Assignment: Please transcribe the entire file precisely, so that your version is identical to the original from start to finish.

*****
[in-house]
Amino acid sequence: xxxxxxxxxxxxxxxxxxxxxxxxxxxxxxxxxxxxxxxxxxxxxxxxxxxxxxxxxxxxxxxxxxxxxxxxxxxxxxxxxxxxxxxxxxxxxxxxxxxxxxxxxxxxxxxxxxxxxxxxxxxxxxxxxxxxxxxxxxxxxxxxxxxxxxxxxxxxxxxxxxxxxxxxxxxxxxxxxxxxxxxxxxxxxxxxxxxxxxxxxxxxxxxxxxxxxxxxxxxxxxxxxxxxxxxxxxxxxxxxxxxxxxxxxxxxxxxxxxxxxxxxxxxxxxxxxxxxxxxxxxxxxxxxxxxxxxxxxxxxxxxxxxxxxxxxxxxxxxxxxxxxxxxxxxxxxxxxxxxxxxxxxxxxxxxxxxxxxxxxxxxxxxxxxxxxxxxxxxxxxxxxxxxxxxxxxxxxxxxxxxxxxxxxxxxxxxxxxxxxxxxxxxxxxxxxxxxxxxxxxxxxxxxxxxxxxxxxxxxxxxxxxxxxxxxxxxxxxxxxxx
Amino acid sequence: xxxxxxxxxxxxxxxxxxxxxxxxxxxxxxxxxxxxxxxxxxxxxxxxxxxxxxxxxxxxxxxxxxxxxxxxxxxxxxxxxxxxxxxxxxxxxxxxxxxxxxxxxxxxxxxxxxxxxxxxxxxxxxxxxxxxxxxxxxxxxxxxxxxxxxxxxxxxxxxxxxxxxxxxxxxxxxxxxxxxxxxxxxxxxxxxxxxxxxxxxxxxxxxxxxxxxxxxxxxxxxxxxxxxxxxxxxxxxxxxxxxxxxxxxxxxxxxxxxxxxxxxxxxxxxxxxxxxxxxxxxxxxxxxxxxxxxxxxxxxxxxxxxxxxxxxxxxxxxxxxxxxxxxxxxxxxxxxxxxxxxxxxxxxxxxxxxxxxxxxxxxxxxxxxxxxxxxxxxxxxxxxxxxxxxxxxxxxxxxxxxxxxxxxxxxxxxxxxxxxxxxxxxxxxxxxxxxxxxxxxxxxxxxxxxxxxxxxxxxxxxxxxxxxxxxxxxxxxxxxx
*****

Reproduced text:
[in-house]
Amino acid sequence: xxxxxxxxxxxxxxxxxxxxxxxxxxxxxxxxxxxxxxxxxxxxxxxxxxxxxxxxxxxxxxxxxxxxxxxxxxxxxxxxxxxxxxxxxxxxxxxxxxxxxxxxxxxxxxxxxxxxxxxxxxxxxxxxxxxxxxxxxxxxxxxxxxxxxxxxxxxxxxxxxxxxxxxxxxxxxxxxxxxxxxxxxxxxxxxxxxxxxxxxxxxxxxxxxxxxxxxxxxxxxxxxxxxxxxxxxxxxxxxxxxxxxxxxxxxxxxxxxxxxxxxxxxxxxxxxxxxxxxxxxxxxxxxxxxxxxxxxxxxxxxxxxxxxxxxxxxxxxxxxxxxxxxxxxxxxxxxxxxxxxxxxxxxxxxxxxxxxxxxxxxxxxxxxxxxxxxxxxxxxxxxxxxxxxxxxxxxxxxxxxxxxxxxxxxxxxxxxxxxxxxxxxxxxxxxxxxxxxxxxxxxxxxxxxxxxxxxxxxxxxxxxxxxxxxxxxxxxxxxxxx
Amino acid sequence: xxxxxxxxxxxxxxxxxxxxxxxxxxxxxxxxxxxxxxxxxxxxxxxxxxxxxxxxxxxxxxxxxxxxxxxxxxxxxxxxxxxxxxxxxxxxxxxxxxxxxxxxxxxxxxxxxxxxxxxxxxxxxxxxxxxxxxxxxxxxxxxxxxxxxxxxxxxxxxxxxxxxxxxxxxxxxxxxxxxxxxxxxxxxxxxxxxxxxxxxxxxxxxxxxxxxxxxxxxxxxxxxxxxxxxxxxxxxxxxxxxxxxxxxxxxxxxxxxxxxxxxxxxxxxxxxxxxxxxxxxxxxxxxxxxxxxxxxxxxxxxxxxxxxxxxxxxxxxxxxxxxxxxxxxxxxxxxxxxxxxxxxxxxxxxxxxxxxxxxxxxxxxxxxxxxxxxxxxxxxxxxxxxxxxxxxxxxxxxxxxxxxxxxxxxxxxxxxxxxxxxxxxxxxxxxxxxxxxxxxxxxxxxxxxxxxxxxxxxxxxxxxxxxxxxxxxxxxxxxxx